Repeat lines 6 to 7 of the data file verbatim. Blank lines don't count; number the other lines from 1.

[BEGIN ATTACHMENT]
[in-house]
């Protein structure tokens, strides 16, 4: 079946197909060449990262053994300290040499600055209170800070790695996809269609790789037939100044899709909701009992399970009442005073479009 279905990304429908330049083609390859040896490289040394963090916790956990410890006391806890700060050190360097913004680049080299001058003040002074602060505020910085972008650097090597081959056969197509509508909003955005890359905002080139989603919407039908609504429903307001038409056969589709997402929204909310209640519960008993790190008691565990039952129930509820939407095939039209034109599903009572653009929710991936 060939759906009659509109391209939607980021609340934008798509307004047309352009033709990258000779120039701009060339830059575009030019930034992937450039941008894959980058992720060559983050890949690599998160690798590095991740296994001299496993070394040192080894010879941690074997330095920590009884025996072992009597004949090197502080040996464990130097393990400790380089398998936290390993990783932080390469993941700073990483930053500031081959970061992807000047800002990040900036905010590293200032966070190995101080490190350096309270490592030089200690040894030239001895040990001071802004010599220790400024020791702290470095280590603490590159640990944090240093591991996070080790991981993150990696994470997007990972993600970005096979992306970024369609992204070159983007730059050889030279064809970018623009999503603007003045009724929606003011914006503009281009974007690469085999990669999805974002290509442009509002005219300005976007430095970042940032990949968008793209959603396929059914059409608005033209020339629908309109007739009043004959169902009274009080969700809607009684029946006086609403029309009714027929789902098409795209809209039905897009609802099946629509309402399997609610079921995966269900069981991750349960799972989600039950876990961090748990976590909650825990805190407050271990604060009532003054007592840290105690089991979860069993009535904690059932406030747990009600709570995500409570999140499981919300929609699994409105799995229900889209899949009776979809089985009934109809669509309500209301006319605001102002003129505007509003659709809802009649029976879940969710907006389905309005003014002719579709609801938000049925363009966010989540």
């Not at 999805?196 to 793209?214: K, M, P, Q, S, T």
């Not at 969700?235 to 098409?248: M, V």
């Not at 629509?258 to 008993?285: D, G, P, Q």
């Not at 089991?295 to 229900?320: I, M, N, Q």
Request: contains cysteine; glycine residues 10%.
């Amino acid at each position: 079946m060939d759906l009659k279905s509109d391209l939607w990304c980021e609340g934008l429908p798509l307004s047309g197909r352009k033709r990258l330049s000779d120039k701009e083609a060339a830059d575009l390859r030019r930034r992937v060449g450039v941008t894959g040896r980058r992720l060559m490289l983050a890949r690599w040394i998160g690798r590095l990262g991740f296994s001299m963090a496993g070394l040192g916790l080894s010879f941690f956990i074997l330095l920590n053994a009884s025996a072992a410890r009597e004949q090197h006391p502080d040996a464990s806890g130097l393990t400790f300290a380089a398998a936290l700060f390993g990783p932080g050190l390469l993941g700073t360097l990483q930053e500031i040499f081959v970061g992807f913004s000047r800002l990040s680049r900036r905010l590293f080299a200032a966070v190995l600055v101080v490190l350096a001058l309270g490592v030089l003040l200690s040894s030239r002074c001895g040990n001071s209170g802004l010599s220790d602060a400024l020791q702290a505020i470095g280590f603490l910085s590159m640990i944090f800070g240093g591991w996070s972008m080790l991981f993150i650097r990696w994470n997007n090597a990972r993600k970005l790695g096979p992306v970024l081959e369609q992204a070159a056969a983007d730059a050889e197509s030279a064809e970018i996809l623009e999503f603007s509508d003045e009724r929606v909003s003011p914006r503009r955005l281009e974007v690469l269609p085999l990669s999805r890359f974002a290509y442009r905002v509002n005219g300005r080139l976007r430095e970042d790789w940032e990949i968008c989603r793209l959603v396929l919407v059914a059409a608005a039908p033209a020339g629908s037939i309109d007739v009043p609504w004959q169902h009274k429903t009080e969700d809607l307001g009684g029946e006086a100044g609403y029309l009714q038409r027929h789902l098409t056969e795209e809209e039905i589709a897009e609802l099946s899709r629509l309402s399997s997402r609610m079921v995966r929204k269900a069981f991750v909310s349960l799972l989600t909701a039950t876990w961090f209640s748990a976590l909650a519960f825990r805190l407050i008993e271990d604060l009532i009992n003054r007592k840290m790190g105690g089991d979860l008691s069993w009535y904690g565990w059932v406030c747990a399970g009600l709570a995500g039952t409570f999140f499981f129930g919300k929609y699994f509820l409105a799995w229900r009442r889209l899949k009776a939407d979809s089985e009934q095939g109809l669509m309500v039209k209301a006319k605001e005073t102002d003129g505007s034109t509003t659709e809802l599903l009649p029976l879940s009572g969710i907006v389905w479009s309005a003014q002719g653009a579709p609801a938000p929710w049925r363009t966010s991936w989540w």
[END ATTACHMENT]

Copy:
């Not at 089991?295 to 229900?320: I, M, N, Q």
Request: contains cysteine; glycine residues 10%.